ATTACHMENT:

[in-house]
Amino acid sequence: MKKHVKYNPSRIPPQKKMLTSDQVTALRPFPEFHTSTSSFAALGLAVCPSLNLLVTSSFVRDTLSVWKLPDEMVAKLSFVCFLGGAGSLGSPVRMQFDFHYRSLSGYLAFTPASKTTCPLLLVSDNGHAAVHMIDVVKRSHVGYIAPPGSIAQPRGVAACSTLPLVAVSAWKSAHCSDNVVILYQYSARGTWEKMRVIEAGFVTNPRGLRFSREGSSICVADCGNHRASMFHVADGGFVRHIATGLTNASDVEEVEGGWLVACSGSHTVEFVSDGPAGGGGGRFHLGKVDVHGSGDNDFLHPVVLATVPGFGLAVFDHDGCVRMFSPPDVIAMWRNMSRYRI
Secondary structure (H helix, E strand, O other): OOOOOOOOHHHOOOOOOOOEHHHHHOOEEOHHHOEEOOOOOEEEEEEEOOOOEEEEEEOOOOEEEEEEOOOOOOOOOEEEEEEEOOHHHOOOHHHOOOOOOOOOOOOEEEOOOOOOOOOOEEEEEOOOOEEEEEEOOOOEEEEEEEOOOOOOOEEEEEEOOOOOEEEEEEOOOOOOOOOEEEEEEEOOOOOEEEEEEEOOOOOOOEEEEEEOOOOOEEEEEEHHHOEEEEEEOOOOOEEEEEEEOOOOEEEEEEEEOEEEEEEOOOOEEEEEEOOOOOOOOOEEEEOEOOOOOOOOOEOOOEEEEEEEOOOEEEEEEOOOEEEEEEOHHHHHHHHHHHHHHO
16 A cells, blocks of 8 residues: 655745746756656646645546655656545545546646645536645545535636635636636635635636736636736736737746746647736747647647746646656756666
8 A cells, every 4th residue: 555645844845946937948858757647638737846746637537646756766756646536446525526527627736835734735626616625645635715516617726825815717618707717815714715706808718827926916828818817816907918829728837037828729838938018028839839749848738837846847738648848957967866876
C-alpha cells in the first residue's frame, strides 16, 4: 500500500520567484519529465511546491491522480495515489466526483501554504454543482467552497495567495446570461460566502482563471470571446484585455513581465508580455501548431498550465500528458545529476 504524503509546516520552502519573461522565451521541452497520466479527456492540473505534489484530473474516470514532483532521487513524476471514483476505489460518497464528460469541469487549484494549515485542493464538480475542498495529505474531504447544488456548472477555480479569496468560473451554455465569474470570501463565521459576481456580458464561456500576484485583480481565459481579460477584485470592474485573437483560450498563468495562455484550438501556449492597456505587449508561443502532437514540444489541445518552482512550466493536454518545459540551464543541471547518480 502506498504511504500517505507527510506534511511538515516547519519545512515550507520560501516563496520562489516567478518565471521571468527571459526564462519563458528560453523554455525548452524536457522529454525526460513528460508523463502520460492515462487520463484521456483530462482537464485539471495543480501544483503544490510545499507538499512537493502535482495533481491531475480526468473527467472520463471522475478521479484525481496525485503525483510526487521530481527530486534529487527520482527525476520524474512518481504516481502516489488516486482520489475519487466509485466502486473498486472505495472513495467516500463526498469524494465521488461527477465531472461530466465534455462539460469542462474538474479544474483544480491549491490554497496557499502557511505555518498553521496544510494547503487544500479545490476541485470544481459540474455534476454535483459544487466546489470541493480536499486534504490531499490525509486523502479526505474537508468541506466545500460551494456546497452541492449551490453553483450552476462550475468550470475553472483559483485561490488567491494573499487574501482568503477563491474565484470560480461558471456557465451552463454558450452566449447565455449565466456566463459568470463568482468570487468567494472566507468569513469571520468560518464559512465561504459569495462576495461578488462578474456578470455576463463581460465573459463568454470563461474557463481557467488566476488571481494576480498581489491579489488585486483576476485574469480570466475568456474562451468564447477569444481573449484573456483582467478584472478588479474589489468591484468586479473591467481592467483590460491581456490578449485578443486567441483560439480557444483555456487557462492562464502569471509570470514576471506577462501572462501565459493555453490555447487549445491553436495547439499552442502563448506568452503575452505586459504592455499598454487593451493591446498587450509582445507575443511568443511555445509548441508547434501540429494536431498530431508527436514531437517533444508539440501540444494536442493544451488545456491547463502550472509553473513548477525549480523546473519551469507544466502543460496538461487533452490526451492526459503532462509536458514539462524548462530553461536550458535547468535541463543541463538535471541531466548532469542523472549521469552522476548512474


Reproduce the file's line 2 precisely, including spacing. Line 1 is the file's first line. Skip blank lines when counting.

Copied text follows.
Amino acid sequence: MKKHVKYNPSRIPPQKKMLTSDQVTALRPFPEFHTSTSSFAALGLAVCPSLNLLVTSSFVRDTLSVWKLPDEMVAKLSFVCFLGGAGSLGSPVRMQFDFHYRSLSGYLAFTPASKTTCPLLLVSDNGHAAVHMIDVVKRSHVGYIAPPGSIAQPRGVAACSTLPLVAVSAWKSAHCSDNVVILYQYSARGTWEKMRVIEAGFVTNPRGLRFSREGSSICVADCGNHRASMFHVADGGFVRHIATGLTNASDVEEVEGGWLVACSGSHTVEFVSDGPAGGGGGRFHLGKVDVHGSGDNDFLHPVVLATVPGFGLAVFDHDGCVRMFSPPDVIAMWRNMSRYRI